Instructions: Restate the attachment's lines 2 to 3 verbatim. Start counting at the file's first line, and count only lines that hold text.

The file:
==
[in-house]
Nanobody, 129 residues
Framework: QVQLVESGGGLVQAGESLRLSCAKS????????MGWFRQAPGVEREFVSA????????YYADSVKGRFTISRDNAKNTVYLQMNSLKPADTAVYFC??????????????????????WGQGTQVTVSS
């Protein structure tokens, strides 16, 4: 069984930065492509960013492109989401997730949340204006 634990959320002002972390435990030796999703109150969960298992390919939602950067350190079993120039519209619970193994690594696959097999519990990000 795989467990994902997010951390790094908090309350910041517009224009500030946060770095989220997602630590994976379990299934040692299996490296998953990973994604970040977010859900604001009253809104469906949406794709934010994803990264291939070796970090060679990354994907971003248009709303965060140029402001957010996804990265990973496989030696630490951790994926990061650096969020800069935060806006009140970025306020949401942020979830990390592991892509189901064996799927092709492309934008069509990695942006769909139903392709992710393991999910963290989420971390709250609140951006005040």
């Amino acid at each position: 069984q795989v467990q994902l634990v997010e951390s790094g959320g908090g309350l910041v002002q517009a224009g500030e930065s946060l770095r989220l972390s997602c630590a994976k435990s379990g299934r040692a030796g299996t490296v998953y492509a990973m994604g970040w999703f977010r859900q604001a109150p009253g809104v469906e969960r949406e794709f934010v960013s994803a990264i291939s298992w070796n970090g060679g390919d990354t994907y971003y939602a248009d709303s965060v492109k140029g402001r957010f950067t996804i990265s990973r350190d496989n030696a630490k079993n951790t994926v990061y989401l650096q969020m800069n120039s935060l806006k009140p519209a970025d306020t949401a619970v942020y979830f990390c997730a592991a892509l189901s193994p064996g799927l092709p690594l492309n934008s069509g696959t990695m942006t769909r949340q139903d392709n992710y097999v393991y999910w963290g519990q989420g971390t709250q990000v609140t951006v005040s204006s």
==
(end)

Nanobody, 129 residues
Framework: QVQLVESGGGLVQAGESLRLSCAKS????????MGWFRQAPGVEREFVSA????????YYADSVKGRFTISRDNAKNTVYLQMNSLKPADTAVYFC??????????????????????WGQGTQVTVSS